What is the pathophysiology of obesity?

Updated: Feb 16, 2021
  • Author: Alan A Saber, MD, MS, FACS, FASMBS; Chief Editor: John Geibel, MD, MSc, DSc, AGAF  more...
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Obesity occurs as the result of an imbalance between energy expenditure and caloric intake. This imbalance has been thought to be under genetic and environmental influence. The discovery of immunologic abnormalities in obesity that are related to the leptin-proopiomelanocortin system and elevated tumor necrosis factor alpha (TNF-α) brought a new perspective to the understanding of obesity.

Leptin (from Greek leptos, "thin") is a hormone made primarily in adipocytes. The circulating leptin levels reflect the amount of stored body fat. Leptin is a negative feedback signal that acts on the hypothalamus to alter the expression of several neuroendocrine peptides that regulate energy intake and expenditure. Central resistance to leptin is a prominent feature of obesity.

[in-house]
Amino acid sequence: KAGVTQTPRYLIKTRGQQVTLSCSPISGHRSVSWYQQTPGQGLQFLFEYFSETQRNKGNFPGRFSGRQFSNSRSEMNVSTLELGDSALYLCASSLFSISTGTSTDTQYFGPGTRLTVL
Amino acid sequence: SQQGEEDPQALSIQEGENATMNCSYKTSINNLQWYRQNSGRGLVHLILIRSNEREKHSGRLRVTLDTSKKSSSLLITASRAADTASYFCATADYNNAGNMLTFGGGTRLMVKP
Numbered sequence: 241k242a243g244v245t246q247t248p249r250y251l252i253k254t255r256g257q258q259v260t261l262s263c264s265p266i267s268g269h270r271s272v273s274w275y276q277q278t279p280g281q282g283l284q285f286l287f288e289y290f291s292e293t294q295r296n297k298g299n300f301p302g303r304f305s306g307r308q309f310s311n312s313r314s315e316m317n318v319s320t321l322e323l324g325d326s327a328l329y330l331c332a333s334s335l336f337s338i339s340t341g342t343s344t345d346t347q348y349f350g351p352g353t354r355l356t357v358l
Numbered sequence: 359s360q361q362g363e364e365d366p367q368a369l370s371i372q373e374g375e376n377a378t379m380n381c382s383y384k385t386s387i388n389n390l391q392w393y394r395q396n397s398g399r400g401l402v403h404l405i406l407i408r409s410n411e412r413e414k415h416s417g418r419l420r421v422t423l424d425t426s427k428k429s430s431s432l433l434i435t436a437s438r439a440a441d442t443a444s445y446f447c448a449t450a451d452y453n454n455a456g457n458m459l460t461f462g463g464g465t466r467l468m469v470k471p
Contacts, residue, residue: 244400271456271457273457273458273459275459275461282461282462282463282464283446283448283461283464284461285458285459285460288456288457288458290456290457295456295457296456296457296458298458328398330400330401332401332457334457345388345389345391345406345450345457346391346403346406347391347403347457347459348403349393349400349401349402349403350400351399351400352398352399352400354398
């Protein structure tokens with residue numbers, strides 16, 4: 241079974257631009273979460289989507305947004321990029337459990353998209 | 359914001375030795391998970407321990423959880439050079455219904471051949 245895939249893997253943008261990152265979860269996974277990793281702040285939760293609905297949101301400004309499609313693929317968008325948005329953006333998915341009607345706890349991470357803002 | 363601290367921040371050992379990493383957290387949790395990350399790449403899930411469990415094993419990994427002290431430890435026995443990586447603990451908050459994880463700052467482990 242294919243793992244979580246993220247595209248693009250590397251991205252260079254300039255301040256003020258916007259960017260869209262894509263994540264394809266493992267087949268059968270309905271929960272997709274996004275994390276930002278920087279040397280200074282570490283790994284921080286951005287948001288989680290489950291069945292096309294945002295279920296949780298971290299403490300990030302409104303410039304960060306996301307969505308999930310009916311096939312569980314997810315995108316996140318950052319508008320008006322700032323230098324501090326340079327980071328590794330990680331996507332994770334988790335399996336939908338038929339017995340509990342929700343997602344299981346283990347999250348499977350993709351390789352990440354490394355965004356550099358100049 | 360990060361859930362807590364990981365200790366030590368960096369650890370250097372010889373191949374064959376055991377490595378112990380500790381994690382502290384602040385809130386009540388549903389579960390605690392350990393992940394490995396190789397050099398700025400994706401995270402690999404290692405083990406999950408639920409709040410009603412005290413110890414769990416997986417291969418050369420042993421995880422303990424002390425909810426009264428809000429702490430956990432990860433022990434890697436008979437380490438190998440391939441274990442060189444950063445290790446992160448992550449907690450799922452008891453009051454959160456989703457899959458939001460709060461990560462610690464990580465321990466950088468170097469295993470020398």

Increased leptin levels in individuals who are obese are independent of the lipid profile but strongly correlate with the BMI. Leptin exhibits direct effects on monocytes that results in secretion of the interleukin (IL)-1 receptor antagonist (IL-1RA). This cytokine antagonist has anti-inflammatory properties. Although leptin treatment works very well in patients who are leptin-deficient, the use of leptin in patients who are obese and who already have high levels of leptin has shown limited efficacy.

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